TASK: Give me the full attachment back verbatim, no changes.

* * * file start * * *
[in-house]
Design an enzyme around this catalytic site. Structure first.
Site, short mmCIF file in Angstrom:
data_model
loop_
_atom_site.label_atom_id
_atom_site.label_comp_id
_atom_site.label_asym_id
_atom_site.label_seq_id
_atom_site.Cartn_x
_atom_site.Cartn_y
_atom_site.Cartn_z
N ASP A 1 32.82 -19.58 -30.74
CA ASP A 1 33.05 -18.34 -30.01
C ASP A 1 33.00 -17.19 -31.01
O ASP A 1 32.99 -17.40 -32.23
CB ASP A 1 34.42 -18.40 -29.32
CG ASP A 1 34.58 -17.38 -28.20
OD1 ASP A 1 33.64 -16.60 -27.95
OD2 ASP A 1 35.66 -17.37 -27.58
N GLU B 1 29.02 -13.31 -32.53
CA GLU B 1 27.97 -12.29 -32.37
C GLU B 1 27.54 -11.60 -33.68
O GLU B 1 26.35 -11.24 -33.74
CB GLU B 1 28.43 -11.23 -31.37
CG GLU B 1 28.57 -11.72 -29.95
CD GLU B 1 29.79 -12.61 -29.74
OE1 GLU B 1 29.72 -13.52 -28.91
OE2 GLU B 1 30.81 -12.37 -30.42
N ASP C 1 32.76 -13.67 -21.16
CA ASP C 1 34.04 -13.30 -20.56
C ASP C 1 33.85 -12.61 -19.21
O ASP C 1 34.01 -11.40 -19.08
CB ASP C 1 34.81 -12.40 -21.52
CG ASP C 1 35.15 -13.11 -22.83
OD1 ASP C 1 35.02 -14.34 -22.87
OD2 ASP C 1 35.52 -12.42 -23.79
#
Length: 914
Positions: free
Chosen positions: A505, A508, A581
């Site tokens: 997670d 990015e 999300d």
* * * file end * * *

[in-house]
Design an enzyme around this catalytic site. Structure first.
Site, short mmCIF file in Angstrom:
data_model
loop_
_atom_site.label_atom_id
_atom_site.label_comp_id
_atom_site.label_asym_id
_atom_site.label_seq_id
_atom_site.Cartn_x
_atom_site.Cartn_y
_atom_site.Cartn_z
N ASP A 1 32.82 -19.58 -30.74
CA ASP A 1 33.05 -18.34 -30.01
C ASP A 1 33.00 -17.19 -31.01
O ASP A 1 32.99 -17.40 -32.23
CB ASP A 1 34.42 -18.40 -29.32
CG ASP A 1 34.58 -17.38 -28.20
OD1 ASP A 1 33.64 -16.60 -27.95
OD2 ASP A 1 35.66 -17.37 -27.58
N GLU B 1 29.02 -13.31 -32.53
CA GLU B 1 27.97 -12.29 -32.37
C GLU B 1 27.54 -11.60 -33.68
O GLU B 1 26.35 -11.24 -33.74
CB GLU B 1 28.43 -11.23 -31.37
CG GLU B 1 28.57 -11.72 -29.95
CD GLU B 1 29.79 -12.61 -29.74
OE1 GLU B 1 29.72 -13.52 -28.91
OE2 GLU B 1 30.81 -12.37 -30.42
N ASP C 1 32.76 -13.67 -21.16
CA ASP C 1 34.04 -13.30 -20.56
C ASP C 1 33.85 -12.61 -19.21
O ASP C 1 34.01 -11.40 -19.08
CB ASP C 1 34.81 -12.40 -21.52
CG ASP C 1 35.15 -13.11 -22.83
OD1 ASP C 1 35.02 -14.34 -22.87
OD2 ASP C 1 35.52 -12.42 -23.79
#
Length: 914
Positions: free
Chosen positions: A505, A508, A581
């Site tokens: 997670d 990015e 999300d």